The holiday season is a time that promotes rest, love, tradition, reflection, and gathering. While this may be true, the holidays also include grief, stress, frustration, loneliness, and many other emotions. We often have the idea that they will look like the Hallmark imagery plastered across our screens, but the holidays are a mix of emotions and experiences, not one-size-fits-all. They can be difficult.
As we continue into the heart of the holiday season, here are a few considerations for managing the mixed emotions and pressure that may arise.
The Holidays Are Yours
A powerful reminder can be the simple statement that the holidays are yours. If there is something you don’t like, a tradition, the stress of planning, whatever it may be, you are allowed to make a change. You can create a Holiday season that honors you.
A tool for creating a season that feels right to you is to spend time identifying the stressful points. Maybe that is the stress of traveling home for the holidays or always hosting gatherings. Spend time reflecting on the past years and examine what works and doesn’t work. It’s okay to make a change, even if it is a pattern or tradition that has been in place for generations.
Practice Being Unsurprised
In the Podcast, We Can Do Hard Things with Glennon Doyle, she discusses the concept of being unsurprised by familial or community patterns during the holidays. So often, we may dread engaging with members of our families due to wounding, deep emotions attached, and differing worldviews. If we change our mindset, one that reflects Radical Acceptance to almost anticipate the comments that we know do not sit well with us, we increase our emotional regulation, be detached, and have autonomy.
If it feels safe, spend some time thinking about scenarios or comments you may receive during gatherings. For example, maybe the remark you encounter frequently is related to your relationship status. By thinking about it in terms of expecting to get the comments, being unsurprised by them, you can choose if you want to exert energy to respond or to ignore. Remember that the choice can be yours.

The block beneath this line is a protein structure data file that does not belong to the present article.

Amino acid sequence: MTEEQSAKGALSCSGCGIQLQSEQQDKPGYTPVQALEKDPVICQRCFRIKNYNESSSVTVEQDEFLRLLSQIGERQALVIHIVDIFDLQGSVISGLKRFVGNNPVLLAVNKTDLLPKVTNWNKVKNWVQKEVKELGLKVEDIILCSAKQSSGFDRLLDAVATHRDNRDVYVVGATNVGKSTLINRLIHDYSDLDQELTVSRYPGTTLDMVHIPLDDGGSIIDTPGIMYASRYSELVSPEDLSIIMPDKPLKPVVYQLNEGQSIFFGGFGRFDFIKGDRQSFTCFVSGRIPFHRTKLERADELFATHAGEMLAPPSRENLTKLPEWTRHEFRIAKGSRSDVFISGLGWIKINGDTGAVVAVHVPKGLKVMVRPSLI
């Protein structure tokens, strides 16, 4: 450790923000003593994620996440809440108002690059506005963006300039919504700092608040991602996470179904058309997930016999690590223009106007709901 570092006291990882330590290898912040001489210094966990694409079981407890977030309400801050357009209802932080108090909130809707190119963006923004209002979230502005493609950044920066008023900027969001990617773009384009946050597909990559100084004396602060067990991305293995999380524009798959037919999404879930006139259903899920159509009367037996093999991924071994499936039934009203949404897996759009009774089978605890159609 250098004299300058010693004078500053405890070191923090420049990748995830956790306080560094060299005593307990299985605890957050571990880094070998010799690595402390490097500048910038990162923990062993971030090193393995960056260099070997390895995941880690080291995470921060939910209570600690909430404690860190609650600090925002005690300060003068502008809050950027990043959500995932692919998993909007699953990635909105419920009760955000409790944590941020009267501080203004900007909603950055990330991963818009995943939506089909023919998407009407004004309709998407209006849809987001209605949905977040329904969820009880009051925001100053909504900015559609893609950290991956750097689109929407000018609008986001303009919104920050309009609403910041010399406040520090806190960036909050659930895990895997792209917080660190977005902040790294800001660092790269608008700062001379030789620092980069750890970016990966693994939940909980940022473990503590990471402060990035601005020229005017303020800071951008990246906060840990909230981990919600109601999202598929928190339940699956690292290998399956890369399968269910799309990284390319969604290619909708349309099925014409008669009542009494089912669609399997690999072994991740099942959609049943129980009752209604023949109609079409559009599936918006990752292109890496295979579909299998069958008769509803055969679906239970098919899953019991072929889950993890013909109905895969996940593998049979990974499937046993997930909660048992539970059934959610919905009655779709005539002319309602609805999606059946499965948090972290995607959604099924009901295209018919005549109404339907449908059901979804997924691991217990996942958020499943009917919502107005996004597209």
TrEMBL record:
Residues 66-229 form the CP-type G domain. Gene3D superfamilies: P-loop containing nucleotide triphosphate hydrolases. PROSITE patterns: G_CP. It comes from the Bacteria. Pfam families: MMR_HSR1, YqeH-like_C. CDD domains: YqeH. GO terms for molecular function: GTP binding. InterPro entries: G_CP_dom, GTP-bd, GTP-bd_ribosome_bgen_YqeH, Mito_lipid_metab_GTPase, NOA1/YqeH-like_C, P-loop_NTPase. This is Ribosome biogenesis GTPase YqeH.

Along these lines is remembering that you are allowed to set boundaries. You are allowed to say no, not attend a gathering, or to say yes. You are not responsible for what other people say or do, but you are only responsible for yourself. Spending time identifying and setting boundaries can increase your emotional and physical wellbeing and protect your energy.
Practice Healthy Habits
As restful and joyful as the holiday season intends to be, in all honesty, it often is the opposite. It is beneficial that amid the stressful and emotionally taxing season that you take care of yourself. To practice habits that increase your emotional baseline and improve mental and physical health.
Practices include maintaining and prioritizing proper sleep, exercise, eating habits, spiritual/religious practices, and self-care. Remember that it is okay to enjoy good food during this season, permitting yourself to and balancing with eating nutritiously. With the fast-paced nature and busyness of this season, it can be helpful to make a schedule or set a routine to preserve the priority of taking care of yourself.
It can be helpful to remember the resources you have available and can use if you feel overstimulated, stressed, or identify that you need a break. Creating a list of coping skills and resources can be a handy tool to come back to when you need it.
We hope that however, your season looks, that it honors you, your values, and brings you joy.
Written by: Chardyce Kott, LSW